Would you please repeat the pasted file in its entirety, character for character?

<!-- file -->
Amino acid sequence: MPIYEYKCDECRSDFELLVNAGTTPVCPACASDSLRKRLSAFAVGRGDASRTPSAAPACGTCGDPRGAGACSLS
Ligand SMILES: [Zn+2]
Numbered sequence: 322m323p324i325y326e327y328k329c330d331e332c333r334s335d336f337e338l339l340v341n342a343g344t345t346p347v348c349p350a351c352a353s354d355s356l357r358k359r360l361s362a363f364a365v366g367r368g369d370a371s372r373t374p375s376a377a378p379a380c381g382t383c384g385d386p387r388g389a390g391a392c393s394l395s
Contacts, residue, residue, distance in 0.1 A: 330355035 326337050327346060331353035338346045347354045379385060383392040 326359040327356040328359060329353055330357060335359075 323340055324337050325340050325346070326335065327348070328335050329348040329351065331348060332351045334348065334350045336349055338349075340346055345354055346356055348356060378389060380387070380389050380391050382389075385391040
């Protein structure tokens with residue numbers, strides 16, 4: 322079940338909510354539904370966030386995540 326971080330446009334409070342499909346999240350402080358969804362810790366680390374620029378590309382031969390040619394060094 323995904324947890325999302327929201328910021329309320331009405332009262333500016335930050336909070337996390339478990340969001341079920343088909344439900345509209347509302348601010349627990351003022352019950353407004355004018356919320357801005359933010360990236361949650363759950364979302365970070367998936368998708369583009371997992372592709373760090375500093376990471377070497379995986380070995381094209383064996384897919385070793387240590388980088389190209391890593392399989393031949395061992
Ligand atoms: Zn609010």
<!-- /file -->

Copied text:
Amino acid sequence: MPIYEYKCDECRSDFELLVNAGTTPVCPACASDSLRKRLSAFAVGRGDASRTPSAAPACGTCGDPRGAGACSLS
Ligand SMILES: [Zn+2]
Numbered sequence: 322m323p324i325y326e327y328k329c330d331e332c333r334s335d336f337e338l339l340v341n342a343g344t345t346p347v348c349p350a351c352a353s354d355s356l357r358k359r360l361s362a363f364a365v366g367r368g369d370a371s372r373t374p375s376a377a378p379a380c381g382t383c384g385d386p387r388g389a390g391a392c393s394l395s
Contacts, residue, residue, distance in 0.1 A: 330355035 326337050327346060331353035338346045347354045379385060383392040 326359040327356040328359060329353055330357060335359075 323340055324337050325340050325346070326335065327348070328335050329348040329351065331348060332351045334348065334350045336349055338349075340346055345354055346356055348356060378389060380387070380389050380391050382389075385391040
């Protein structure tokens with residue numbers, strides 16, 4: 322079940338909510354539904370966030386995540 326971080330446009334409070342499909346999240350402080358969804362810790366680390374620029378590309382031969390040619394060094 323995904324947890325999302327929201328910021329309320331009405332009262333500016335930050336909070337996390339478990340969001341079920343088909344439900345509209347509302348601010349627990351003022352019950353407004355004018356919320357801005359933010360990236361949650363759950364979302365970070367998936368998708369583009371997992372592709373760090375500093376990471377070497379995986380070995381094209383064996384897919385070793387240590388980088389190209391890593392399989393031949395061992
Ligand atoms: Zn609010």